ASA advocacy was instrumental in influencing the outcome of two California bills that would have had a major negative effect on the staffing industry.
On Sept. 30, California Gov. Gavin Newsom signed SB 973 into law; it requires businesses with 100 or more employees to annually report employee salary and wage information to the state’s Department of Fair Employment and Housing, along with data on workers’ race, ethnicity, and sex. ASA and California Staffing Professionals, an ASA-affiliated chapter, urged lawmakers to exempt temporary workers because such workers are excluded for federal EEO-1 reporting purposes and thus should be exempted from state requirements. In a major win for the industry, the legislature agreed and excluded temporary workers.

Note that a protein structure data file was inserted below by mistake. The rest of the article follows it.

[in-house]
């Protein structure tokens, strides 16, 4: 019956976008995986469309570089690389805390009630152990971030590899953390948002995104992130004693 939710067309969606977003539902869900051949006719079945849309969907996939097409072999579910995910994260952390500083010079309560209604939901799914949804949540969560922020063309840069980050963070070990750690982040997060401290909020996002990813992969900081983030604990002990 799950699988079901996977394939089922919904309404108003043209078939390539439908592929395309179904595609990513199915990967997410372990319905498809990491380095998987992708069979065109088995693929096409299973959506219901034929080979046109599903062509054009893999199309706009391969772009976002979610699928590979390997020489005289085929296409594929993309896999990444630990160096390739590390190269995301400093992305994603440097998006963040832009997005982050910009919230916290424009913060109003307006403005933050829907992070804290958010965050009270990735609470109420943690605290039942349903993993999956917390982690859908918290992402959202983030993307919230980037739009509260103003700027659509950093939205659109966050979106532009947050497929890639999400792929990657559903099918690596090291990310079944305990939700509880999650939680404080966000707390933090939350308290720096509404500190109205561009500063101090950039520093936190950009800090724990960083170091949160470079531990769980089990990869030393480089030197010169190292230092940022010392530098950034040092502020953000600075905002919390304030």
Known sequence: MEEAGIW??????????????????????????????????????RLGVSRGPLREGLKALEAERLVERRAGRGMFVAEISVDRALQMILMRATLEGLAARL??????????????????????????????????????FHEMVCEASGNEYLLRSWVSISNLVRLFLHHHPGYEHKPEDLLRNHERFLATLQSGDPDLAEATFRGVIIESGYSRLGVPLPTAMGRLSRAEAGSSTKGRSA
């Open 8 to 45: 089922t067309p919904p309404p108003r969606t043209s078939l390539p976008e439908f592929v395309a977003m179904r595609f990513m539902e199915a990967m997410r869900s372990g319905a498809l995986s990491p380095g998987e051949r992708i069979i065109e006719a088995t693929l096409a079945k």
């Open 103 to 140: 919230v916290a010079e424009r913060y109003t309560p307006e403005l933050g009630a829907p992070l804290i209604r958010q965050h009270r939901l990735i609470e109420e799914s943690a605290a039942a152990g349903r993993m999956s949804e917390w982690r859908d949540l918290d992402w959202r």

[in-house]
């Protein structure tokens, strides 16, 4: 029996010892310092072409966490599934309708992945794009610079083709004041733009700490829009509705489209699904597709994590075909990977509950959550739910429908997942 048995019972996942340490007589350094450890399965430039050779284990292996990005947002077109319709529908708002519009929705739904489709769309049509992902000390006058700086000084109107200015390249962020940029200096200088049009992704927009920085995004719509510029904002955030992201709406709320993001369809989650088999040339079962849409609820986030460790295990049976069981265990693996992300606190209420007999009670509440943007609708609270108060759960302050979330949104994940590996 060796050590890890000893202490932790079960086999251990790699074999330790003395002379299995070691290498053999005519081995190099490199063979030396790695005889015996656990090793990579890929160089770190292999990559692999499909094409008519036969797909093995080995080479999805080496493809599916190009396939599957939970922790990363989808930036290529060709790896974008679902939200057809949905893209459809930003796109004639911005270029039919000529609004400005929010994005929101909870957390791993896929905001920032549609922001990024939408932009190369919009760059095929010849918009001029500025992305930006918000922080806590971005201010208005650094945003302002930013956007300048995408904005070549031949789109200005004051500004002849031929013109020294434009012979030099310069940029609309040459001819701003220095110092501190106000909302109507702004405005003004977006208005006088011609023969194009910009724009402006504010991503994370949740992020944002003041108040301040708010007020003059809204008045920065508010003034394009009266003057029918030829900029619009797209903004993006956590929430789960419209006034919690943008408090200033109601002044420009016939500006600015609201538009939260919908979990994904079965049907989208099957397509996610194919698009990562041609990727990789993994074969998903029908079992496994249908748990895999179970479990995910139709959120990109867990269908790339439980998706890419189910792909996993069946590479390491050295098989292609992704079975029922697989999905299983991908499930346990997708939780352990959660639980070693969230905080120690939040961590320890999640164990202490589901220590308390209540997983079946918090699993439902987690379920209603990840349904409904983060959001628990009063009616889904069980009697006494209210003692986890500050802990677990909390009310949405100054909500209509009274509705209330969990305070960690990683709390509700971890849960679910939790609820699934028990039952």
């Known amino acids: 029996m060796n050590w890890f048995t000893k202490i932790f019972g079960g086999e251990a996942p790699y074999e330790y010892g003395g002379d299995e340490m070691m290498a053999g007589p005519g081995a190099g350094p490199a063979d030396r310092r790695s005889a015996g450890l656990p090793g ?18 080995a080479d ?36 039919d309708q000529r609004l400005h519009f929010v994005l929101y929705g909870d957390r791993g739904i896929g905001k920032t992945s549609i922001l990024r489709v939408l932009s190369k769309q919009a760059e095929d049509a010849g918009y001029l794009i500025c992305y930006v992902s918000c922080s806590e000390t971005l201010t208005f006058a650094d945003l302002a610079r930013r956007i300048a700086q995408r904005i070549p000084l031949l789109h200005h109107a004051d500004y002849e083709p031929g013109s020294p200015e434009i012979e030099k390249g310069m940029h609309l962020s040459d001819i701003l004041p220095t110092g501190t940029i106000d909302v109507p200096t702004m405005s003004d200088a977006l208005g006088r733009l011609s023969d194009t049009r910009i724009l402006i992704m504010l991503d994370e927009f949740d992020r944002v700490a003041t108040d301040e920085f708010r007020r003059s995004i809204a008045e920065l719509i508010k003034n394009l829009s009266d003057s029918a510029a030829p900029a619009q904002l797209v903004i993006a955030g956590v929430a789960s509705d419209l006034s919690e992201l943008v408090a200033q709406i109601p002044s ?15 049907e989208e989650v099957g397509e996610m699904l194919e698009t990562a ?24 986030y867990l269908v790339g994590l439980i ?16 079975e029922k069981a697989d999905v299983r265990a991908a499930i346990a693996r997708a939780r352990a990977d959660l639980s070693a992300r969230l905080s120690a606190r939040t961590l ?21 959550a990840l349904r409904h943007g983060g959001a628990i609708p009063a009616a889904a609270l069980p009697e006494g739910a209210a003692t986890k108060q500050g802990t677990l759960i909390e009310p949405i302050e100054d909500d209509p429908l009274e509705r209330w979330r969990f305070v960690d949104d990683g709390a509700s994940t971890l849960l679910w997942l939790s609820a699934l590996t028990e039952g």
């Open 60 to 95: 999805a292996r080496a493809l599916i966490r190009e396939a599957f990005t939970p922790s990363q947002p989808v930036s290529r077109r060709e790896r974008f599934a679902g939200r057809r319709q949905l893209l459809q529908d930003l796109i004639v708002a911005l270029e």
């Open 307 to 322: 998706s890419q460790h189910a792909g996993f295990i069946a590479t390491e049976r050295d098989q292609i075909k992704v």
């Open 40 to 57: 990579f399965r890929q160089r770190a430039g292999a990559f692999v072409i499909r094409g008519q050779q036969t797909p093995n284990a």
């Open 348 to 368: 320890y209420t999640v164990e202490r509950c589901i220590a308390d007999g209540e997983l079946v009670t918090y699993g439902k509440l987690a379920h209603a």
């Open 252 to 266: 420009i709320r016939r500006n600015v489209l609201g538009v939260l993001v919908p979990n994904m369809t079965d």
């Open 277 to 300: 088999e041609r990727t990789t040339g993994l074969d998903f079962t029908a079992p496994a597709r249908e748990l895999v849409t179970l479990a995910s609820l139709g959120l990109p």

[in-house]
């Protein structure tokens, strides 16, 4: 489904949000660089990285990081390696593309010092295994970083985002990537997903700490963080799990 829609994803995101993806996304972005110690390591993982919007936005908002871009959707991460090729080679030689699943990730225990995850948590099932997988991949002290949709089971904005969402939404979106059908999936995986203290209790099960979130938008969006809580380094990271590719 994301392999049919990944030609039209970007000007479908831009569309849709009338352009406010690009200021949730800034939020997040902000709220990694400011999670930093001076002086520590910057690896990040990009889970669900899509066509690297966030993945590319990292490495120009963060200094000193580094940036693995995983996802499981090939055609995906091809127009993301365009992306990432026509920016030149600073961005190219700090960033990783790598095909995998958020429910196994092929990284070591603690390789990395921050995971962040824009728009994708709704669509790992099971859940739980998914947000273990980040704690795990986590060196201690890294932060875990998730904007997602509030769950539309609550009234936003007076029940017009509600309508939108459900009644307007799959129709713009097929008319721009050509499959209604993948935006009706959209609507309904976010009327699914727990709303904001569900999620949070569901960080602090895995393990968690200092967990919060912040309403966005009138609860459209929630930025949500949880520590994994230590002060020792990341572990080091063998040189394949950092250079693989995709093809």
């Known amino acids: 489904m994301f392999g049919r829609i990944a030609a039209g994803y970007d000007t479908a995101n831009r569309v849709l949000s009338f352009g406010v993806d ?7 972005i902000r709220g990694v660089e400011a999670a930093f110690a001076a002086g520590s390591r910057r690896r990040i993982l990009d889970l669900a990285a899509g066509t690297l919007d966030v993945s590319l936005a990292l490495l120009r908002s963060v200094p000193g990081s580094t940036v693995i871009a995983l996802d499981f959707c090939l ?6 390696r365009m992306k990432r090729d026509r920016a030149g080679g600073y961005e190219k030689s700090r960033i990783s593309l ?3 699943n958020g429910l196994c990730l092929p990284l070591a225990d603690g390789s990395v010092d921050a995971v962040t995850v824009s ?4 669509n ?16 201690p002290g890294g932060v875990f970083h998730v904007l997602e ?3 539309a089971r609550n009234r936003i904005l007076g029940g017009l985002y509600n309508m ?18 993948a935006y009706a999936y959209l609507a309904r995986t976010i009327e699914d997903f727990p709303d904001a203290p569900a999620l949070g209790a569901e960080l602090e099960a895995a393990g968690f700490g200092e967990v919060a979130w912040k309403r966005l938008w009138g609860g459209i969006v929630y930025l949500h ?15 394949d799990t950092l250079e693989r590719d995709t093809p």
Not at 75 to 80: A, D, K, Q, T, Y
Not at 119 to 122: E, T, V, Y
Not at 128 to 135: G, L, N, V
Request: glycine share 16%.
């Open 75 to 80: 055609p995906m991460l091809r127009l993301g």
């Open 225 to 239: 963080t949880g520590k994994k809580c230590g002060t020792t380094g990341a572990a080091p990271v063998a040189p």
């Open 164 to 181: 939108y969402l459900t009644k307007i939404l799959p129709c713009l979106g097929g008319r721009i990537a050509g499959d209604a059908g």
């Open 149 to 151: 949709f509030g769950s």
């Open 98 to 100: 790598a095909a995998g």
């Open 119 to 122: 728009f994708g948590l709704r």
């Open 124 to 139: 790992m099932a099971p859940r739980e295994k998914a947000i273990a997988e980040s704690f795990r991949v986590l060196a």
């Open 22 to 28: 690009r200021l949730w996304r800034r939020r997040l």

ASA advocacy also helped derail a bill that would have required hotels, event spaces, airport businesses, janitorial service companies, and certain other employers to offer newly open jobs to employees who had been laid off for pandemic-related reasons. ASA and CSP argued that the bill would harm the state’s temporary workers and would unduly hamper employers’ ability to augment their workforces at their discretion. Despite strong union support for the bill, Gov. Newsom vetoed it, saying that it was confusing and would “place a heavy burden on hotels that have suffered financially during the Covid-19 pandemic.” It is unclear whether the legislature will attempt to override the governor’s veto.